Micro generation embraces a range of technologies that are presently at varying stages of development and commercial availability. These include:
- small wind generators
- micro-hydro generation
- small-scale photovoltaic (PV) arrays
- domestic scale Combined Heat and Power (DCHP) equipment
The draft European standard EN 50438 outlines the requirements for the connection of micro-generators in parallel with public low-voltage distribution networks and defines micro generation as a source of electrical energy and all associated equipment designed to operate in parallel with the low voltage system, rated up to and including:
- 25A at low voltage[230V], when the network connection is single phase, or
- 16A at low voltage [230/400V], when the network connection is three phase.
The above specifications represent an installation of circa 5.75 kWe. A domestic customer typically has a maximum electricity import capacity of 12 kWe. Thus by installing a micogeneration unit a domestic customers may be able to produce up to half their electricity needs, this is of course dependent on numerous parameters inclusive of the size and type of microgeneration unit to be adopted.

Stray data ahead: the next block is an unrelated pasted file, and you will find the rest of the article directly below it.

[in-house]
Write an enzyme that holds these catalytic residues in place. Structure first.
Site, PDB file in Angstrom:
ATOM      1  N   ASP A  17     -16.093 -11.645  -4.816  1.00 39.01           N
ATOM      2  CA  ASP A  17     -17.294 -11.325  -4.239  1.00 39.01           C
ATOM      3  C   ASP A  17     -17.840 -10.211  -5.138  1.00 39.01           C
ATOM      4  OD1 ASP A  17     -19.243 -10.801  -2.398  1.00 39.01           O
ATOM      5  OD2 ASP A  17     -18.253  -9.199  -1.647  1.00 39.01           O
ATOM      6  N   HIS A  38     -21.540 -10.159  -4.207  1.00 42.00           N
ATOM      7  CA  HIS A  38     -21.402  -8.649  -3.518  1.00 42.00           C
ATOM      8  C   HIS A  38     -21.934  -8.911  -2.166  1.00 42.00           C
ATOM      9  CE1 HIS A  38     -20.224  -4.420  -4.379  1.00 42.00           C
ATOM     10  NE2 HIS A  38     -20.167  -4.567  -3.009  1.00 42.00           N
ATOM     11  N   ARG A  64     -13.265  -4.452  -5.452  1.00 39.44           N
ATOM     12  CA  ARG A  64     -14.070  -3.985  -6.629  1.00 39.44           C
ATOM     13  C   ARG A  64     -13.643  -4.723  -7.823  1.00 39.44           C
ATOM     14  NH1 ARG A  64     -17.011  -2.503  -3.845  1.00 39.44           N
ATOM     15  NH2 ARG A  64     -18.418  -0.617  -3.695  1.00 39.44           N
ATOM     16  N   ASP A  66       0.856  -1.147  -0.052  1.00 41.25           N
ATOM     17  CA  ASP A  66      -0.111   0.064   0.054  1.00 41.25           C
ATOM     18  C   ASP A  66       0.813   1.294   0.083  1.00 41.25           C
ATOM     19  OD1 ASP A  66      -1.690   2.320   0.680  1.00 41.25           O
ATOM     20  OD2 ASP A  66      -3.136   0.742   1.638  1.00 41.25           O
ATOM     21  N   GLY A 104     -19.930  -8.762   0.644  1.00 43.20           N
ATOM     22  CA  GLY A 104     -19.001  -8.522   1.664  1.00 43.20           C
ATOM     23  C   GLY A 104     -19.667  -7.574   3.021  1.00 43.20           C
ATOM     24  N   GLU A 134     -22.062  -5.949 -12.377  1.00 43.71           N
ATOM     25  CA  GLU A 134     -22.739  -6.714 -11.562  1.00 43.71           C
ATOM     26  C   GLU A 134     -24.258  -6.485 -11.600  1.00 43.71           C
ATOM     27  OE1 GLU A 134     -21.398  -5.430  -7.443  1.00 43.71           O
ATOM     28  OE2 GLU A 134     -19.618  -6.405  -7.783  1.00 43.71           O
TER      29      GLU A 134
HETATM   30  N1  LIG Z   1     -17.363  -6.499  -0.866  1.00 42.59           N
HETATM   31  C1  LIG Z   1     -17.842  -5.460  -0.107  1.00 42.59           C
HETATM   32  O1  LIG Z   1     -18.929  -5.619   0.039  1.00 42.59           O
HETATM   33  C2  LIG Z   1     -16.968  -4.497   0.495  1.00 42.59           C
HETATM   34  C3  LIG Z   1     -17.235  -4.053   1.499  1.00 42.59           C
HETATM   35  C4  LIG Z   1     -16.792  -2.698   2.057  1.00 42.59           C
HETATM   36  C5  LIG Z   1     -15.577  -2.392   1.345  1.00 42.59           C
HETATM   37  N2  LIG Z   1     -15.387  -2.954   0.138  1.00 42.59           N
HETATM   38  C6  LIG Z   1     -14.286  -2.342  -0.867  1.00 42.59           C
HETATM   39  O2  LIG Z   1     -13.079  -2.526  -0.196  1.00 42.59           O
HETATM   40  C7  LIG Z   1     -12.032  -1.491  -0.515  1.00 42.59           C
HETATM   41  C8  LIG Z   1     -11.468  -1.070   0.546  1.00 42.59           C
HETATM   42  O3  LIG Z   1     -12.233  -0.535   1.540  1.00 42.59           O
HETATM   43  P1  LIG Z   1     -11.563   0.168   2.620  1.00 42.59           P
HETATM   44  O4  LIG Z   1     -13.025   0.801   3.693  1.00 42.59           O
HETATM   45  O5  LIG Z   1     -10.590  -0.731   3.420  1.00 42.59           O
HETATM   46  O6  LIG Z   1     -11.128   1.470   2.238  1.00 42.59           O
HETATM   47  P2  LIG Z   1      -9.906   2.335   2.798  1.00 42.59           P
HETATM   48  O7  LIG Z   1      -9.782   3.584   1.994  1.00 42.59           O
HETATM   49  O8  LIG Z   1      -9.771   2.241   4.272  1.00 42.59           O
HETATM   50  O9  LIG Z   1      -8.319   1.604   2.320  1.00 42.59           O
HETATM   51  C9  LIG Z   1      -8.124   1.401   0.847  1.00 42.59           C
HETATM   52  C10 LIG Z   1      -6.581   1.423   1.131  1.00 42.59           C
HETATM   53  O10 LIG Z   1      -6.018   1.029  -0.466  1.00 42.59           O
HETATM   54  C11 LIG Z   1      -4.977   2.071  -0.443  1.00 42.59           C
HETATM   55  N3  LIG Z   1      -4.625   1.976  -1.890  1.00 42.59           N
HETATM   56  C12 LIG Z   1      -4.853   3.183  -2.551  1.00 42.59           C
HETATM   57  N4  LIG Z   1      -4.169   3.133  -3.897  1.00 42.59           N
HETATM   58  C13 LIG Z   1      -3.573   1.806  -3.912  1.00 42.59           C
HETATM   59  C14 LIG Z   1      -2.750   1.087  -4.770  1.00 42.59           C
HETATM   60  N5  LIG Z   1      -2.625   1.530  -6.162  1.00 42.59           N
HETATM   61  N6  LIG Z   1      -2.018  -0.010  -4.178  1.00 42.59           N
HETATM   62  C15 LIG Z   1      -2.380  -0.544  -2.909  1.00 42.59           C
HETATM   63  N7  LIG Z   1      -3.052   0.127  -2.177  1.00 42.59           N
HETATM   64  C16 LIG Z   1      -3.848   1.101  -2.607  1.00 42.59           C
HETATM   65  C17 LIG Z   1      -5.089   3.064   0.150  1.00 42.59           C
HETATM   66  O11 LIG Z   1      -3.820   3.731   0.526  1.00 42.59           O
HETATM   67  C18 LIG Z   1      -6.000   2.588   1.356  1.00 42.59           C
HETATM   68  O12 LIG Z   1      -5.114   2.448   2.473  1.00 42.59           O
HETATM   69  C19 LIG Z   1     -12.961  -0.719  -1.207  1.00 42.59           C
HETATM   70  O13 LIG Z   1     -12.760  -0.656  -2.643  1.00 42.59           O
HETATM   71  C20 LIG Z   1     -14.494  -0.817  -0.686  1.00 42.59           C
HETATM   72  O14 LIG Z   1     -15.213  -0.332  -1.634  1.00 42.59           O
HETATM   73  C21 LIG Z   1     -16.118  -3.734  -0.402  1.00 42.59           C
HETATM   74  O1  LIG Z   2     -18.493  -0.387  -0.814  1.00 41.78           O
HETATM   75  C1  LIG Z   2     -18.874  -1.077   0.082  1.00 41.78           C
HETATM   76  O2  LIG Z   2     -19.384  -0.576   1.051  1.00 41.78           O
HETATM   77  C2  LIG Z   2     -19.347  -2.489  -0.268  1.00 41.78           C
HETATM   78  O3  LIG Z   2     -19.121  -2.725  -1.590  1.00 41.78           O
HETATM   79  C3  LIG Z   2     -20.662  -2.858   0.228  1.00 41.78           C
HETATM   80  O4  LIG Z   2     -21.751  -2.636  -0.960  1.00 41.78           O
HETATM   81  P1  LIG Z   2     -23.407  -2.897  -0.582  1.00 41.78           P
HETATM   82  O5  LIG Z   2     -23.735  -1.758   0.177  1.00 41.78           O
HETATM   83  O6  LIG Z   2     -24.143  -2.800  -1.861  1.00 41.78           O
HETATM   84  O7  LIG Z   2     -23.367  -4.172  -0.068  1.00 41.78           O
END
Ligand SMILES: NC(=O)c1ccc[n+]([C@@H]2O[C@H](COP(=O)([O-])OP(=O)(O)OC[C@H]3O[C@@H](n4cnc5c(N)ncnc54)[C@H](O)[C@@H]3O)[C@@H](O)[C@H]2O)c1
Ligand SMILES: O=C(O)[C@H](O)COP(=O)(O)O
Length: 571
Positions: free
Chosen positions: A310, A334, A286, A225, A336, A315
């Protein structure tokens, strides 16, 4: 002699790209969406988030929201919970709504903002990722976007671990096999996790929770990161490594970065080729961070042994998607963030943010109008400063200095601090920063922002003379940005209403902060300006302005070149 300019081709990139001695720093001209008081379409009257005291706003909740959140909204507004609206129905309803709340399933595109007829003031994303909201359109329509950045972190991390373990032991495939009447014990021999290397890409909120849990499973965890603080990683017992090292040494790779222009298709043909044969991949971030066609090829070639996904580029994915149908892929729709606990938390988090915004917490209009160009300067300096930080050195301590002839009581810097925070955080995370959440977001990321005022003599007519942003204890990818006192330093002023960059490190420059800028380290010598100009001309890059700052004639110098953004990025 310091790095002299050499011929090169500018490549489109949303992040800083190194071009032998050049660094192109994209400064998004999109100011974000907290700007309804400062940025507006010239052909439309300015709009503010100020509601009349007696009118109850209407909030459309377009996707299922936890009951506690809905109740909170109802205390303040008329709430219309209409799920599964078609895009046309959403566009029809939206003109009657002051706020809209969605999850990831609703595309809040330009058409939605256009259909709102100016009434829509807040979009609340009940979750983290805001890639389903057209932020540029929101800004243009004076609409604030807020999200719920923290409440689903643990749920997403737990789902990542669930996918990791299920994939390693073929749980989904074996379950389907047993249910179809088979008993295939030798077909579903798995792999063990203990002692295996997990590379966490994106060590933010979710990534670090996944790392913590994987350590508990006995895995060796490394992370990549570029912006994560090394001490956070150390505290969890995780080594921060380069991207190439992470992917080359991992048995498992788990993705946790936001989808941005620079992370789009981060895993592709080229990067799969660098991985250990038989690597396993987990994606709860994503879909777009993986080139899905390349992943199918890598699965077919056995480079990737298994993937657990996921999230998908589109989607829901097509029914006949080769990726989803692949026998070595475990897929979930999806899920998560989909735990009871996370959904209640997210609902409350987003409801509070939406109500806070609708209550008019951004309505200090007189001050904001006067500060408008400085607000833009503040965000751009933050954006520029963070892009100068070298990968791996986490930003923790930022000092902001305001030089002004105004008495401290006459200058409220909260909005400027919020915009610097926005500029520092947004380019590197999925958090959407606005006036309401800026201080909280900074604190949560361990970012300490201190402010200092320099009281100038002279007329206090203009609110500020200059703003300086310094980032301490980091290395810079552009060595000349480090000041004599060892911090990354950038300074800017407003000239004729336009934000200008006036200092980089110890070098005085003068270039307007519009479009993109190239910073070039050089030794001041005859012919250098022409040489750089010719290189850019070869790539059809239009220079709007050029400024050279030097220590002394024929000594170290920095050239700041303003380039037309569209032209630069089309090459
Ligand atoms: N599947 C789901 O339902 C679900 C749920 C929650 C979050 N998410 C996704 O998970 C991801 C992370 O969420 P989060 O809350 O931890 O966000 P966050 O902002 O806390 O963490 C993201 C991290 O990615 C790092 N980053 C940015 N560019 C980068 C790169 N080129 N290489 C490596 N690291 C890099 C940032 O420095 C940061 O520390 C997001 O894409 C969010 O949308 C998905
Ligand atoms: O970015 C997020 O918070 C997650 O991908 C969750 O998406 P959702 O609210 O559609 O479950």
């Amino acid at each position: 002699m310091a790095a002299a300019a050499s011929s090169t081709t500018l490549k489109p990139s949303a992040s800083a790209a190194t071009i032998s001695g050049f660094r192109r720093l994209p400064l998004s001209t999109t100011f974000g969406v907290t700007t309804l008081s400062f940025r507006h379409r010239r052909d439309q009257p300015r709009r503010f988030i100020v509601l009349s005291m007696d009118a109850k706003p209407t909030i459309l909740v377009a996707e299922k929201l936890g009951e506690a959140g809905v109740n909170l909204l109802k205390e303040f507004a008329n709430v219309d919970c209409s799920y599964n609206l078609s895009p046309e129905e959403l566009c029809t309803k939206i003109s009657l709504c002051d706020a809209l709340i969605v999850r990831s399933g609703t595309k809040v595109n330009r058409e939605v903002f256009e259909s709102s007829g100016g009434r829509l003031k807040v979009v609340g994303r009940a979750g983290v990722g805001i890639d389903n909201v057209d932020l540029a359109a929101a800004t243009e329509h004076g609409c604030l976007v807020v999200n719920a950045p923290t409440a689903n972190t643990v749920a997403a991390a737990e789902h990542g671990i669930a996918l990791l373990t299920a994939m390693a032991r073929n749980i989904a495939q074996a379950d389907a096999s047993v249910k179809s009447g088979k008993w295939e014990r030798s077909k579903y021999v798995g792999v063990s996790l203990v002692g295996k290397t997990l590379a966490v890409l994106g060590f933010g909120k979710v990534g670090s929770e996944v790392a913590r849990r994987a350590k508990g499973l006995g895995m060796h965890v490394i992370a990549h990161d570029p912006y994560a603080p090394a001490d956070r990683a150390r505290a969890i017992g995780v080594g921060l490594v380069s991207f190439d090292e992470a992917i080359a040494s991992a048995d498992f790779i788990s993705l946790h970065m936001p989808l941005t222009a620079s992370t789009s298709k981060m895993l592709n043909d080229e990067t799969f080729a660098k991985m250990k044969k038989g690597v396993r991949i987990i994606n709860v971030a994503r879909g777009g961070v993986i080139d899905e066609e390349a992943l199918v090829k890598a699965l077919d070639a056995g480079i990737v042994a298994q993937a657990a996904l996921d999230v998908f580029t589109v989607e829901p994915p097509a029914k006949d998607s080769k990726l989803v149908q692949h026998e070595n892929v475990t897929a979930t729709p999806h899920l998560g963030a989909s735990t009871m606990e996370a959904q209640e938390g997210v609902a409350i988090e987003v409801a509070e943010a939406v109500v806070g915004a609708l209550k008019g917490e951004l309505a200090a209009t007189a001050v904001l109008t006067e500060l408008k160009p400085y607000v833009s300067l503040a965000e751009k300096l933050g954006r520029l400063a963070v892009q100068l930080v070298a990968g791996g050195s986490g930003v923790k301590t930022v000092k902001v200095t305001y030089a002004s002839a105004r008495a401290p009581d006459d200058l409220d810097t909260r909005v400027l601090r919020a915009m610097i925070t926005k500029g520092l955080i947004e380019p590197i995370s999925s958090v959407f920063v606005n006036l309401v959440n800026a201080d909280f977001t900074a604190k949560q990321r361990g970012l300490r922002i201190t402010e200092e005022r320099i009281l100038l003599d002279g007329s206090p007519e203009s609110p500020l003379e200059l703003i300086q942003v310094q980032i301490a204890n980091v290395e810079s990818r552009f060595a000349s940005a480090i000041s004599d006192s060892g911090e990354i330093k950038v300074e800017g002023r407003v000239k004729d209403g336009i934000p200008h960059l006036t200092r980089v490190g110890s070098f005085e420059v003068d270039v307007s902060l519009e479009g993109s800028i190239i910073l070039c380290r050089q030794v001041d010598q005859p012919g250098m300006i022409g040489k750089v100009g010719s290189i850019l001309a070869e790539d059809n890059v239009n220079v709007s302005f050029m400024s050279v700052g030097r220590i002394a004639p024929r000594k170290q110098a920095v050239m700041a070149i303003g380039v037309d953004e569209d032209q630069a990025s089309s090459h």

As penetration of micro generation is increasing, the CER has recognised the need to set out clear rules regarding installation and operation of micro generation and is now starting a series of consultations on this issue.
For current consultations on micro generation click here.
- Metering Options for Small-Scale Renewable and CHP Electricity Generation in Ireland. (SEI, 2005)
- Cost and Benefits of Embedded Generation in Ireland (SEI 2004).